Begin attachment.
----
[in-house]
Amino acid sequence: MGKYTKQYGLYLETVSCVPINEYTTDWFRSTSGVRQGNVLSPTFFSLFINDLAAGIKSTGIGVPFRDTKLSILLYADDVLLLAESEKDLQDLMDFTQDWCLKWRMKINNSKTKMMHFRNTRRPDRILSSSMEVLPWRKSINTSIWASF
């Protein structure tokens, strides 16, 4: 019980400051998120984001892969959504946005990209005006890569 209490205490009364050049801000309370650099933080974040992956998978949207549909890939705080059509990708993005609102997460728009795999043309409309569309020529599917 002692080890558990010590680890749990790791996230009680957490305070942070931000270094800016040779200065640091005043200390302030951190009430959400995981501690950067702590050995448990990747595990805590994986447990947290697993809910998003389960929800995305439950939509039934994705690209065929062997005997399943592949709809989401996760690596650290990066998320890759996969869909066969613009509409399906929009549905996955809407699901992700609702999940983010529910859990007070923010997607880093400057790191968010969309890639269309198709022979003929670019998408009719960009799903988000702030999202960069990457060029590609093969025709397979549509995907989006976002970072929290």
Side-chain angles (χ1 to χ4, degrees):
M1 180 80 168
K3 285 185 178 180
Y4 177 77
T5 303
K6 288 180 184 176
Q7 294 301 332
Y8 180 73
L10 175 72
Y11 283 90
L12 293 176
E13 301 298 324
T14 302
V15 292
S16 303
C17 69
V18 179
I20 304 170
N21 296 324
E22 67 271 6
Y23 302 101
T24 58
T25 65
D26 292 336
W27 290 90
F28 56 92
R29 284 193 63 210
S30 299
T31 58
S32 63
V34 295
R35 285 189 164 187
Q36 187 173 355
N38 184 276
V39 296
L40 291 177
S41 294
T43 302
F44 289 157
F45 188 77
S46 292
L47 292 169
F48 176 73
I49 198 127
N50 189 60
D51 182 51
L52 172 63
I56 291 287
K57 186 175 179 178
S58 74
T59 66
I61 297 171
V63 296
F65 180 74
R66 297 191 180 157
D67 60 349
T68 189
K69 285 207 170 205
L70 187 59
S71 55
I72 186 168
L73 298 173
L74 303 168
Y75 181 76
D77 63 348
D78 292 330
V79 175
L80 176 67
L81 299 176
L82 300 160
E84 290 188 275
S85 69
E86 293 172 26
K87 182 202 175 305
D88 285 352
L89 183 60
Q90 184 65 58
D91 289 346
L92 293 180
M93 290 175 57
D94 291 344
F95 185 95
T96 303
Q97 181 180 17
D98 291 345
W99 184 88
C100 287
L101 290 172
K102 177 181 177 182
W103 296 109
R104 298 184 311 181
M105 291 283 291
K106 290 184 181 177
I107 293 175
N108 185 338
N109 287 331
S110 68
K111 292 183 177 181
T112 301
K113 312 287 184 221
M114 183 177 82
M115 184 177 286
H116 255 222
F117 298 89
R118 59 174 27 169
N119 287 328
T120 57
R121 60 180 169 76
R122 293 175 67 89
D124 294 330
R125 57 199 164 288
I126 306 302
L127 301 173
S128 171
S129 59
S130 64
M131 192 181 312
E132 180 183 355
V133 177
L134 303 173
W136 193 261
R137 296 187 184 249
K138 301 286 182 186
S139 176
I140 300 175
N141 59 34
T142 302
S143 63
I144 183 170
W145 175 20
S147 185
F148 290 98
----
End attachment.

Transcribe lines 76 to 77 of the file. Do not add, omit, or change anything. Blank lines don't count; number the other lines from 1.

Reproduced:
E86 293 172 26
K87 182 202 175 305